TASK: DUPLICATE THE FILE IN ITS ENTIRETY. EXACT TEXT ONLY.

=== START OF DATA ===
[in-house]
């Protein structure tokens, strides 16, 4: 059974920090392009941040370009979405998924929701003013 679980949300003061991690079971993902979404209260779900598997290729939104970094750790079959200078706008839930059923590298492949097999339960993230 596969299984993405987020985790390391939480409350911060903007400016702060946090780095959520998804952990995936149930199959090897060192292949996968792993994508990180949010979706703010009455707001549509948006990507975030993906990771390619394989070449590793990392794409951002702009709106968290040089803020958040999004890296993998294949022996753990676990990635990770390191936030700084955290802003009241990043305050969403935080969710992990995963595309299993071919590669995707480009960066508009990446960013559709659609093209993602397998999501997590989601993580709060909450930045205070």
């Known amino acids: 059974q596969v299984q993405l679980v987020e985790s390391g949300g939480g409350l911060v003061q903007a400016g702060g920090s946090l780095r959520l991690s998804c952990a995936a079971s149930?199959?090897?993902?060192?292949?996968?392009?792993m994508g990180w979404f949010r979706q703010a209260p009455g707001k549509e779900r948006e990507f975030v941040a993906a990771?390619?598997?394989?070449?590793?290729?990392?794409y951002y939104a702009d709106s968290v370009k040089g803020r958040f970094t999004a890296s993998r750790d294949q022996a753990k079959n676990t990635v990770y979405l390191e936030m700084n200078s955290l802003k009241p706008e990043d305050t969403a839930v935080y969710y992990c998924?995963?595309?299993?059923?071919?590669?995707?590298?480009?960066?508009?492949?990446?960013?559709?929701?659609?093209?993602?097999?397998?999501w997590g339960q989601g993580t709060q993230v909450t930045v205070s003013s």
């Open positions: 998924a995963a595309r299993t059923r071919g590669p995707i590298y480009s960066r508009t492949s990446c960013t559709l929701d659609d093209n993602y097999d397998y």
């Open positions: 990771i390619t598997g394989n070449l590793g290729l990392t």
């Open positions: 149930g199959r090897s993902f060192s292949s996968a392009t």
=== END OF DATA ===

[in-house]
């Protein structure tokens, strides 16, 4: 059974920090392009941040370009979405998924929701003013 679980949300003061991690079971993902979404209260779900598997290729939104970094750790079959200078706008839930059923590298492949097999339960993230 596969299984993405987020985790390391939480409350911060903007400016702060946090780095959520998804952990995936149930199959090897060192292949996968792993994508990180949010979706703010009455707001549509948006990507975030993906990771390619394989070449590793990392794409951002702009709106968290040089803020958040999004890296993998294949022996753990676990990635990770390191936030700084955290802003009241990043305050969403935080969710992990995963595309299993071919590669995707480009960066508009990446960013559709659609093209993602397998999501997590989601993580709060909450930045205070």
């Known amino acids: 059974q596969v299984q993405l679980v987020e985790s390391g949300g939480g409350l911060v003061q903007a400016g702060g920090s946090l780095r959520l991690s998804c952990a995936a079971s149930?199959?090897?993902?060192?292949?996968?392009?792993m994508g990180w979404f949010r979706q703010a209260p009455g707001k549509e779900r948006e990507f975030v941040a993906a990771?390619?598997?394989?070449?590793?290729?990392?794409y951002y939104a702009d709106s968290v370009k040089g803020r958040f970094t999004a890296s993998r750790d294949q022996a753990k079959n676990t990635v990770y979405l390191e936030m700084n200078s955290l802003k009241p706008e990043d305050t969403a839930v935080y969710y992990c998924?995963?595309?299993?059923?071919?590669?995707?590298?480009?960066?508009?492949?990446?960013?559709?929701?659609?093209?993602?097999?397998?999501w997590g339960q989601g993580t709060q993230v909450t930045v205070s003013s």
């Open positions: 998924a995963a595309r299993t059923r071919g590669p995707i590298y480009s960066r508009t492949s990446c960013t559709l929701d659609d093209n993602y097999d397998y």
């Open positions: 990771i390619t598997g394989n070449l590793g290729l990392t």
């Open positions: 149930g199959r090897s993902f060192s292949s996968a392009t």